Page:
Procedure

Each participant was scanned in two sessions occurring on different days. Each scanning session consisted of a high resolution anatomical scan (SPGR sequence, axial orientation, 180 slices, 256 × 240 matrix, FOV = 240 mm, 0.9375 × 1.0 mm2 resolution, 1.0 mm slice thickness) and five functional scans (EPI sequence, 96 × 96 matrix, FOV = 240 mm, 2.5 × 2.5 mm2 resolution, 3 mm slice thickness, TA = 1.8 s, TR = 7.0 s). Functional scans were collected using a sparse-sampling procedure in which stimuli were presented during a silent period between MR image collection (Hall et al., 1999).

The experiment was organized in a 3 × 4 factorial design with the three stimulus types (Phonemic, Non-Phonemic, and Single-Formant) presented in four different adaptation configurations (TSS, T, SS, and Control) resulting in a total of 12 conditions. The conditions were presented in trials consisting of six stimuli presented every 380 ms followed by a single MR volume acquisition lasting 1.8 s. A small percentage (p = 0.1) of trials were missing either one or two of the six stimuli. To ensure that subjects were attending to the stimuli during the experiment, subjects were required to hit a button when they detected a missing stimulus. Compliance with the task was assessed, but image data from the trials with missing stimuli were excluded from the analysis. Within each run 8 trials were presented per condition producing a total of 80 trials per condition across both sessions. An additional 8 trials of rest (i.e., no stimulus) were included in each run. Trials were presented in blocks containing 4 trials of the same condition. The order of the blocks was randomized across runs and across participants.

Sounds were presented binaurally with in-ear electrostatic headphones (Stax SR-003; Stax Ltd, Saitama, Japan). Additional protective ear muffs were placed over the headphones to attenuate scanner noise.

The fMRI data were analyzed using AFNI (Saad et al., 2009). Initial preprocessing steps included motion correction and co-registration between the functional and anatomical scans. The anatomical volumes from each subject were aligned using non-linear deformation to create a study-specific atlas using the program ANTS (Avants and Gee, 2004). The functional data were resampled (voxel size = 2.5 × 2.5 × 2.5 mm3) into the atlas space and spatially filtered using a Gaussian window (FWHM = 5 mm). Our primary research questions were focused on differences in activation in auditory areas, therefore, we confined our analysis to a set of voxels that included the entire superior, middle, and inferior temporal lobe and extending into the inferior parietal and lateral occipital lobes.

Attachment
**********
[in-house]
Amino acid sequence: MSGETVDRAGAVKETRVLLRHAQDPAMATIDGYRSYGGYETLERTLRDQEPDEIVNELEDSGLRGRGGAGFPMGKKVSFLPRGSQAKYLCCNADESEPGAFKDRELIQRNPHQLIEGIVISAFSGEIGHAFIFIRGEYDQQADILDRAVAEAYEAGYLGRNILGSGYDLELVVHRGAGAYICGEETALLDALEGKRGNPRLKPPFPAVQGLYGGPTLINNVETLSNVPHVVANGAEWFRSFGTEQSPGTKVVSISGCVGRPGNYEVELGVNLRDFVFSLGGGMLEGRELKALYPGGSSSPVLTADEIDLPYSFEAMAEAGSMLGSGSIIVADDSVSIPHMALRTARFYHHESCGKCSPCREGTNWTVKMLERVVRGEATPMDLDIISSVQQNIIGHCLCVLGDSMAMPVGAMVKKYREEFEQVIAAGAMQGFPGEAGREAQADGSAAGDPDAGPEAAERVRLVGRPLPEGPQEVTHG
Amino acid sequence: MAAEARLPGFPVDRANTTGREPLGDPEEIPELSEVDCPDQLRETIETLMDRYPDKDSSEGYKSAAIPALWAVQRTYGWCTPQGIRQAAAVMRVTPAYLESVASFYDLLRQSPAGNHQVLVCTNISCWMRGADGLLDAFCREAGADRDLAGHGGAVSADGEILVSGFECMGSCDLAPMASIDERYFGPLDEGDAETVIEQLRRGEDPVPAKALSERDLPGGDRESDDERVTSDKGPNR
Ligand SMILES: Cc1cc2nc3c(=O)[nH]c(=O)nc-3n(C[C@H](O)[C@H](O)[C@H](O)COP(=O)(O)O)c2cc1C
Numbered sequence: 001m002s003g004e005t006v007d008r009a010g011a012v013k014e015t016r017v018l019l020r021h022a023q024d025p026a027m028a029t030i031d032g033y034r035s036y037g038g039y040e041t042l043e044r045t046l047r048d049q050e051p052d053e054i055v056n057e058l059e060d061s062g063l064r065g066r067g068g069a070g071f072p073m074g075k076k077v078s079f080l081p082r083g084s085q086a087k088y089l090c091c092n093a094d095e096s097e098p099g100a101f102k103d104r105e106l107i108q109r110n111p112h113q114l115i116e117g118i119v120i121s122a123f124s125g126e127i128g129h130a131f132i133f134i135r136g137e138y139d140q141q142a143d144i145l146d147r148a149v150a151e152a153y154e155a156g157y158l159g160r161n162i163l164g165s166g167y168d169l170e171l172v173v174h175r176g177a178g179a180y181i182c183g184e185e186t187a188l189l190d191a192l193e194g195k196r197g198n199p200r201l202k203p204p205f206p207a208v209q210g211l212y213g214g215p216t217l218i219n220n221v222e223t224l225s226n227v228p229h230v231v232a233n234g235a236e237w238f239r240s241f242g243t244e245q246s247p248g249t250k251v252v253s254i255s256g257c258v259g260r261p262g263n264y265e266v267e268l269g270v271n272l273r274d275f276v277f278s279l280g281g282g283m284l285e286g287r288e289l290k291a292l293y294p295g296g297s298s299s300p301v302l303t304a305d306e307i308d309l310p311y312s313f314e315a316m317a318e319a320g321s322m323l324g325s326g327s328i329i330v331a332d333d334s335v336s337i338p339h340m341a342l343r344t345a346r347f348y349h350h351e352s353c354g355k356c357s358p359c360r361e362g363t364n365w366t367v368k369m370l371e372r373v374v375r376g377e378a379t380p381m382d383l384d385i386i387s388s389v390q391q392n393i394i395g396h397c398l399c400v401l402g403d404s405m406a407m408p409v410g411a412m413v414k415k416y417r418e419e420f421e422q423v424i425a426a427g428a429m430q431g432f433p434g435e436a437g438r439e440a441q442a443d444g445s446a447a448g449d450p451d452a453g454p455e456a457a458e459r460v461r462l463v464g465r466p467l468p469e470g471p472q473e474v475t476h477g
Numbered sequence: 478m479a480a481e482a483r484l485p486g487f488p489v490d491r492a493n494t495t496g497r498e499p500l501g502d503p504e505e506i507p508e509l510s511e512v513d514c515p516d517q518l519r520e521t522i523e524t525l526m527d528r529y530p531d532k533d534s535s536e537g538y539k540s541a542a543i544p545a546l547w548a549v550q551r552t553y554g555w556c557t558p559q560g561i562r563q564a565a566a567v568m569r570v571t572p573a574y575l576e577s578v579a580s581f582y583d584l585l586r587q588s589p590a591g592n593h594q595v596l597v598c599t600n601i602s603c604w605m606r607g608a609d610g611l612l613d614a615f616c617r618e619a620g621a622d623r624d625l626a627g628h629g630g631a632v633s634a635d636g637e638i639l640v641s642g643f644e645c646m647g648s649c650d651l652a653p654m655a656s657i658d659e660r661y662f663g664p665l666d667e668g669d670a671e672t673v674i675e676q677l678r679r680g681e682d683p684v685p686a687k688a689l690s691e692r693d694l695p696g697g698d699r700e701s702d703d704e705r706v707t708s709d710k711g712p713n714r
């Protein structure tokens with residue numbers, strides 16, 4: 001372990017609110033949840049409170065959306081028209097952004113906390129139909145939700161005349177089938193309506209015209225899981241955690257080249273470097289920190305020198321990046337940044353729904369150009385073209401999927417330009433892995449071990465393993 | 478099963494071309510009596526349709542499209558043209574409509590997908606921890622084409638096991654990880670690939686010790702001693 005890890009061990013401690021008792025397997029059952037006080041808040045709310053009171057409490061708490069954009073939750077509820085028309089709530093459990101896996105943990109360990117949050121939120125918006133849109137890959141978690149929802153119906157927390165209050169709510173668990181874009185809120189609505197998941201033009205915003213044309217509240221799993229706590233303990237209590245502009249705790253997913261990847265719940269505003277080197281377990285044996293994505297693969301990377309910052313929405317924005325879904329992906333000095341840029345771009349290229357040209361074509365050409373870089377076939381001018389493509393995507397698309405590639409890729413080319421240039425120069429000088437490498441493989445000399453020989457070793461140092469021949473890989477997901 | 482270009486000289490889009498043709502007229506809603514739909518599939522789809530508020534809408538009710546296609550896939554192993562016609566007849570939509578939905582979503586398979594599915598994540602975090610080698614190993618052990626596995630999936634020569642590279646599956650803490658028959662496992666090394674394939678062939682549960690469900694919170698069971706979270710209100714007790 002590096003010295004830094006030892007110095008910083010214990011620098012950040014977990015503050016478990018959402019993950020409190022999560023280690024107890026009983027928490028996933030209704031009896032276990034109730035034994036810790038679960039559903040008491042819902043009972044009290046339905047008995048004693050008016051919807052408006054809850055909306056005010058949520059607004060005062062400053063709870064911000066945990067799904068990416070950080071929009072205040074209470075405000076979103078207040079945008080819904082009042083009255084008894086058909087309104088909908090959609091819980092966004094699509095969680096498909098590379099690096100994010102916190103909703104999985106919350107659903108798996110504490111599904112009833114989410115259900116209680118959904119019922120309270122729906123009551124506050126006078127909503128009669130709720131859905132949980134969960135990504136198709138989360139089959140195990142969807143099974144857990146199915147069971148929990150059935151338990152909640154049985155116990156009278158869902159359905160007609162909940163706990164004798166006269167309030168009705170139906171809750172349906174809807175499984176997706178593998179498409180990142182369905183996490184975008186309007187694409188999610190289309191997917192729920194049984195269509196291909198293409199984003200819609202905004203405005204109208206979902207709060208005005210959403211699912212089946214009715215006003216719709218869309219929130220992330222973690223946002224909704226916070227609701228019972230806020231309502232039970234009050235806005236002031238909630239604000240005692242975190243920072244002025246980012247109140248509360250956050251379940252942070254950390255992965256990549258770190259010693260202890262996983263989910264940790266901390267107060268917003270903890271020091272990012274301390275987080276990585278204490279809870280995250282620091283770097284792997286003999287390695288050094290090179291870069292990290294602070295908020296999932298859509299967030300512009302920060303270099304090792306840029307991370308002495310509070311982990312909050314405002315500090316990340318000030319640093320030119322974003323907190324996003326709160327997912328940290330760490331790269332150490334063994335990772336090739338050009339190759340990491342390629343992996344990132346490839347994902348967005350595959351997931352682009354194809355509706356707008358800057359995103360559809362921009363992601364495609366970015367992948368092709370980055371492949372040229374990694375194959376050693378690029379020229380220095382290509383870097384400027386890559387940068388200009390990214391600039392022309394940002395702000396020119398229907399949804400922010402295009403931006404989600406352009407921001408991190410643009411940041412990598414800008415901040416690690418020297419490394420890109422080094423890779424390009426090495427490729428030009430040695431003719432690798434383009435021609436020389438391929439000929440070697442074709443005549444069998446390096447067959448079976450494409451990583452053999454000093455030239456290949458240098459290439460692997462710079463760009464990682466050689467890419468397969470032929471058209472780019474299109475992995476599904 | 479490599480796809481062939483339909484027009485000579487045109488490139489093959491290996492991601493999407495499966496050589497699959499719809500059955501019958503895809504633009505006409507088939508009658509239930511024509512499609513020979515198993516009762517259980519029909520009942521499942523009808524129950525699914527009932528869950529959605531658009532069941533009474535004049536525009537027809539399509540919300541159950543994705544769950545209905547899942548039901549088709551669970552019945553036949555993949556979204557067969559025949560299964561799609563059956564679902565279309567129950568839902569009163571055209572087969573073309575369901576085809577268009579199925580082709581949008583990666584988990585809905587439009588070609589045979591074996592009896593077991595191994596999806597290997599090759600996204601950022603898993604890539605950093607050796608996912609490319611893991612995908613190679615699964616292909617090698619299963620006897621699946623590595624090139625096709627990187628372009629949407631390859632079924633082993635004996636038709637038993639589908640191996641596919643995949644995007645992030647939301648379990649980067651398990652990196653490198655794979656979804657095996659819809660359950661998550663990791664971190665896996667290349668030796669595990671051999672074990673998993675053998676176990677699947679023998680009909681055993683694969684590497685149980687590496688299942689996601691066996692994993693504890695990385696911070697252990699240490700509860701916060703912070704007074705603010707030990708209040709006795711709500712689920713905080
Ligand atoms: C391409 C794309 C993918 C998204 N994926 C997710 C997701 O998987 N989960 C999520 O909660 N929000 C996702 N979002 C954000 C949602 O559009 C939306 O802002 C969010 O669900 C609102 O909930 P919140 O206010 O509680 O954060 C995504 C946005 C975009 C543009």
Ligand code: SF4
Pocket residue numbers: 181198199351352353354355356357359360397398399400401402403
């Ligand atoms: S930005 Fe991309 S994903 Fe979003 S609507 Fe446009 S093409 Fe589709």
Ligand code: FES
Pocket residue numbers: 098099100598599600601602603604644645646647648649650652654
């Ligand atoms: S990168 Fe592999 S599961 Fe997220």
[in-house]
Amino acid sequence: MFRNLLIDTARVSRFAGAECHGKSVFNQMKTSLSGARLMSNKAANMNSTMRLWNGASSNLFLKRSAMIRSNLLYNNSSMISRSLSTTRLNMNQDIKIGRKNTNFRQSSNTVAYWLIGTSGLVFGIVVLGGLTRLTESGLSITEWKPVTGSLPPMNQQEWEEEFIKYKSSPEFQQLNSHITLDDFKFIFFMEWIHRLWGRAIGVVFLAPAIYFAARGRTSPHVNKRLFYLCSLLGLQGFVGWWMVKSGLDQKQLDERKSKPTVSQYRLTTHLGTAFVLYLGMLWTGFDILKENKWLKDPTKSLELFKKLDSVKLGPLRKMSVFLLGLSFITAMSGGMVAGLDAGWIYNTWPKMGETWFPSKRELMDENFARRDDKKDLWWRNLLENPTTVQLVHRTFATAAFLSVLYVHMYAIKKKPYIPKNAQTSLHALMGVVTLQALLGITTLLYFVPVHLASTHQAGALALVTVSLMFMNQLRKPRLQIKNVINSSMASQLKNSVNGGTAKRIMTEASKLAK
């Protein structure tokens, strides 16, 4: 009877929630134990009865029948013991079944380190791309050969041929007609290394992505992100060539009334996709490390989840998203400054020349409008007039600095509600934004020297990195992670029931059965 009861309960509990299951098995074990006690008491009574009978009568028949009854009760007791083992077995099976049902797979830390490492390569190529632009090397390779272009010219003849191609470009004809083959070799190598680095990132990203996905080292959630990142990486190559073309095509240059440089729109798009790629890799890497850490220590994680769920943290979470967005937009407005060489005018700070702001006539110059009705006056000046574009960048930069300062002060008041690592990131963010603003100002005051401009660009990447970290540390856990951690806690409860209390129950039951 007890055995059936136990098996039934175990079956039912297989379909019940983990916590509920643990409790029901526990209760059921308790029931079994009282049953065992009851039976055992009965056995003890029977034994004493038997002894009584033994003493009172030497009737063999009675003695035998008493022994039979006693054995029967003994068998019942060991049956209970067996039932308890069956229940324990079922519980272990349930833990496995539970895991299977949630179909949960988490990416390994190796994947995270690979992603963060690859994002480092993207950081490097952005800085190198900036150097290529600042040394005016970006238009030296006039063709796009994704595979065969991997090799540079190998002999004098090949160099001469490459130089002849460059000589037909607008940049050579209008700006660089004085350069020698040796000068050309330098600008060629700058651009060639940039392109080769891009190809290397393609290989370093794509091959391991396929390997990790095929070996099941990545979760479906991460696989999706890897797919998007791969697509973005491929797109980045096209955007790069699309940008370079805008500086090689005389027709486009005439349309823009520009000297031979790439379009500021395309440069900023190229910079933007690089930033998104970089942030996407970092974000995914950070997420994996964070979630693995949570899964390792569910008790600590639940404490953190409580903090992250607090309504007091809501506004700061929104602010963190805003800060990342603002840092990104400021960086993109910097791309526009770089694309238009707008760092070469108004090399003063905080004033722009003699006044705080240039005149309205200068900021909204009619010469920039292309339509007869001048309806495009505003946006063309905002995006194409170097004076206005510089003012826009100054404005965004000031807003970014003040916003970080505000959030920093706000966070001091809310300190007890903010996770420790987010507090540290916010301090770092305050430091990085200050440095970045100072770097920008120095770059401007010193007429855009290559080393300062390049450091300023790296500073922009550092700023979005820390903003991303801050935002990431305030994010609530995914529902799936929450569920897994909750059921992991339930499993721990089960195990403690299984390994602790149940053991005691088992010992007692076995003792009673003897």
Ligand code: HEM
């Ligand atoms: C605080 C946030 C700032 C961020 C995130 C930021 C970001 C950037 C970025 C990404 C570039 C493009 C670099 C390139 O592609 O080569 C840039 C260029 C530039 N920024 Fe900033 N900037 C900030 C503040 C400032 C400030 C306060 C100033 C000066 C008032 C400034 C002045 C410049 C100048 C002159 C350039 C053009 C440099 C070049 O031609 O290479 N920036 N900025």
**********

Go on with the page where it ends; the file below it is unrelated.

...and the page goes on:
Estimates of the activation levels for the 12 conditions were calculated using the AFNI command 3dREMLfit, which models the data using a generalized least squares analysis with a restricted maximum likelihood (REML) estimate of temporal auto-correlation. Contrasts between conditions were evaluated at the group level using a mixed-effects model. To correct for increased type 1 error due to multiple comparisons, the voxels in the resulting statistical maps were initially thresholded at p < 0.01, grouped into contiguous clusters, and then thresholded at p < 0.05 using a cluster-size threshold of 29 determined using the AFNI command 3dClustStim. An additional analysis using an initial threshold of p < 0.05 and a cluster-size threshold of 108 voxels (p < 0.05, corrected) was performed on one of the contrasts. Mean effect sizes for each cluster were calculated by dividing the amplitude of the contrast values by the mean signal level and then taking a mean across all the voxels in the cluster. The maps are displayed on an inflated surface brain of the ANTS-derived atlas created using Freesurfer (Dale et al., 1999). A diagram of the location of the anatomical labels used to describe the results is displayed in Figure 1C.

Results

Differences in BOLD activation between the three stimulus types are shown in Figure 2. Each contrast represents the difference in activation between two of the three stimulus types collapsed across the four adaptation conditions. Greater levels of activity were observed during Phonemic trials compared to either the Non-Phonemic or Single-Formant trials in the superior temporal gyrus (STG), bilaterally. More specifically, the voxels in this activation cluster were located on the more inferior side of the curve of the STG (see Figure 4), which we refer to as ventral STG, and distinguish this area from the more superior side of the STG, which we refer to as dorsal STG. There was less activity during Phonemic trials compared to Single-Formant trials in both hemispheres in the superior temporal plane (STP), specifically the medial portion, and in the posterior part of the middle temporal sulcus. Less activity during Phonemic compared to Non-Phonemic trials was found in a smaller cluster in the planum polare in the right hemisphere. Single-Formant trials had greater activity than Non-Phonemic trials in the left planum temporale.